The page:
Out of joint (1) : Published letter

Source: York Press
Date: November 22 2007
Author: Alun Buffry

Aled Jones writes that "cannabis is the kiss of death for any society".

It's strange, then, since cannabis has been widely used for thousands of years around the globe, that human society not just survived, but thrived until the disaster of prohibition came along.

Since the 1960s, more than one million people in Britain have been given criminal records and punished for cannabis offences - most of whom certainly did no harm to anyone else.

A policy such as prohibition turns one section of society against another, wastes billions of pounds of taxpayers' money and police time, does far more harm than good, and has created many of the problems surrounding cannabis use today.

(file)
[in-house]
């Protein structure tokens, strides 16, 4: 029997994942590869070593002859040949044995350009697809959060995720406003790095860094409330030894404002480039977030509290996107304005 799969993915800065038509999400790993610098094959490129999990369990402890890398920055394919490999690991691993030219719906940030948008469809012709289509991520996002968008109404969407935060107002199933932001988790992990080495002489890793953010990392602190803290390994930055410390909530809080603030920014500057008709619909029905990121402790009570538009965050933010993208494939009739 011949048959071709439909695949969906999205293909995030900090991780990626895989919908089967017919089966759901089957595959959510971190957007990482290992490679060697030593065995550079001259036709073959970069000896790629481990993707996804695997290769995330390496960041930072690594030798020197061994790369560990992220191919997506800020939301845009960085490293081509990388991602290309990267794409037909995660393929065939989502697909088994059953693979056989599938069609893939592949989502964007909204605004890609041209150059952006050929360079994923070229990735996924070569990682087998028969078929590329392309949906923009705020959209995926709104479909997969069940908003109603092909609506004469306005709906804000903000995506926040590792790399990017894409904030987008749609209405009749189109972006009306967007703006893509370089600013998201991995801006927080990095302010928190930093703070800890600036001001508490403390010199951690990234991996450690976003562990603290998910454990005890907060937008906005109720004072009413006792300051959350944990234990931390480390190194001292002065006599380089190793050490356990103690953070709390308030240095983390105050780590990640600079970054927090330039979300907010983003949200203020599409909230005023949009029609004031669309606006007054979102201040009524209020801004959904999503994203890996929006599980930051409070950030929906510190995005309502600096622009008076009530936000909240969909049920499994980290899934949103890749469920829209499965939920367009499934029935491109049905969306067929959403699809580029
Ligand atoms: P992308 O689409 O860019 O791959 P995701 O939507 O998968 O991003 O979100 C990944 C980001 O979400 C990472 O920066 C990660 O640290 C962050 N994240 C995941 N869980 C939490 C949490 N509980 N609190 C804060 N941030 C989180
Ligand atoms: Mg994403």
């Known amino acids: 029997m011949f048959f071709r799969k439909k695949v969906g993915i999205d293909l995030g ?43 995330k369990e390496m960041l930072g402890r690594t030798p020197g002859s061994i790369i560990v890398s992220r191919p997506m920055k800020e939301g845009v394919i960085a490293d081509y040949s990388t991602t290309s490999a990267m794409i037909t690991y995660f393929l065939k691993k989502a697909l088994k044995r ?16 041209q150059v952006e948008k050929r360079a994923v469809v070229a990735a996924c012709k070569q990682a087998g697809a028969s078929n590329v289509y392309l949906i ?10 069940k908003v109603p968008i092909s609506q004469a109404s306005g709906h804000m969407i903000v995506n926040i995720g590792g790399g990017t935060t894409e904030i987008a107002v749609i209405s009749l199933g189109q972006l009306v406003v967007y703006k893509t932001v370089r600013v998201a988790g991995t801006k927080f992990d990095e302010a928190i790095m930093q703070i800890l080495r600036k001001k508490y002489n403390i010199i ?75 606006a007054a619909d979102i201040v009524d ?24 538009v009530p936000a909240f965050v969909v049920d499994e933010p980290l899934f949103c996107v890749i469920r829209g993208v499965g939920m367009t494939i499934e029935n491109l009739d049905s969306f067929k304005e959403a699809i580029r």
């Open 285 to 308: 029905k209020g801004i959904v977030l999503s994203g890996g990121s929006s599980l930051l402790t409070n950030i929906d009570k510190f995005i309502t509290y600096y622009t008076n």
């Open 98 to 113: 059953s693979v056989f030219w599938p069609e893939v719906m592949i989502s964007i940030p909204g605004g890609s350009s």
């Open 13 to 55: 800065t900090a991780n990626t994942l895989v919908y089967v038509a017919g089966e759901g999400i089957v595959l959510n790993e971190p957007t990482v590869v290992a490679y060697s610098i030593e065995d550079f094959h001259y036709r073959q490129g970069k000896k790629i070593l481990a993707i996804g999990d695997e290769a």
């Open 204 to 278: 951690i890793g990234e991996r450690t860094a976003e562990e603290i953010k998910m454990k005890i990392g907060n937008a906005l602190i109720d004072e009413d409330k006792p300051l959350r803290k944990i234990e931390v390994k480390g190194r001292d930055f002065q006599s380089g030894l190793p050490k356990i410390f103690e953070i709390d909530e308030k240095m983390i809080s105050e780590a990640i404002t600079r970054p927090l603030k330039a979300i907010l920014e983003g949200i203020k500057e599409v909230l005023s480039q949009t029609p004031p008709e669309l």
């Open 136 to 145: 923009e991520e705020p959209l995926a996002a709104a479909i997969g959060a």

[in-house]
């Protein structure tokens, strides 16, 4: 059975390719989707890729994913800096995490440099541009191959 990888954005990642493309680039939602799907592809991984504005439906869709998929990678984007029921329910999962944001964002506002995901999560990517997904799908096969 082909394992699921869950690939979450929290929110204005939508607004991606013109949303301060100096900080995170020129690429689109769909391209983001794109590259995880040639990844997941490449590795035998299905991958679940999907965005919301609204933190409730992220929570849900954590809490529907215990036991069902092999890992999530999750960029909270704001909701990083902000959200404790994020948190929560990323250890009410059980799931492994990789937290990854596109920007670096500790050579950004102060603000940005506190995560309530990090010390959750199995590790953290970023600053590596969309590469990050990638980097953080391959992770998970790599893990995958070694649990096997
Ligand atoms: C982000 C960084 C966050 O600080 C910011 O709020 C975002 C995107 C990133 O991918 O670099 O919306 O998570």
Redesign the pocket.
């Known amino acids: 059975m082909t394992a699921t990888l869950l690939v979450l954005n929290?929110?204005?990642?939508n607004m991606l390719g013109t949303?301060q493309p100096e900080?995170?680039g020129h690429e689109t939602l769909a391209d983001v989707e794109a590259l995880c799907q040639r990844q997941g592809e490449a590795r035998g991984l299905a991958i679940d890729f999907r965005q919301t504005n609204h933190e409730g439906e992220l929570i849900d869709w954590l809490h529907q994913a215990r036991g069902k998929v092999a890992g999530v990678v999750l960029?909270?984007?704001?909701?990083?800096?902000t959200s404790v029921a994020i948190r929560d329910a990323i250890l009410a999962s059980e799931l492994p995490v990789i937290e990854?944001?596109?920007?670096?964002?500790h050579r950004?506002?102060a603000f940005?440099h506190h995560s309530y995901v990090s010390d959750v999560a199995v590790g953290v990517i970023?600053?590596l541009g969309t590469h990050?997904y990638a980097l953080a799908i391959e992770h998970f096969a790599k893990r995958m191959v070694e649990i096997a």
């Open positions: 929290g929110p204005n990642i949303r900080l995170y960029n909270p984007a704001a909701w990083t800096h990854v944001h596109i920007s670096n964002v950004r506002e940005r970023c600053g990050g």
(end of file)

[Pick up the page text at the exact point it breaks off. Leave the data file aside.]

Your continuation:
If cannabis is legalised it will be safer for everyone - irrespective of how safe or dangerous per se is its use.

As for Aled's claim that "cannabis actually contains 50 per cent more cancer-causing carcinogens than tobacco - making it one very mean drug", it's meaningless.

Almost everything we eat contains carcinogens, but that does not mean that the food causes cancer, because the chemicals exist in combination with others. And in any case that would be no reason to punish individual users who do no harm to others.

If there is no victim, then there should be no crime.

Alun Buffry, Norwich.


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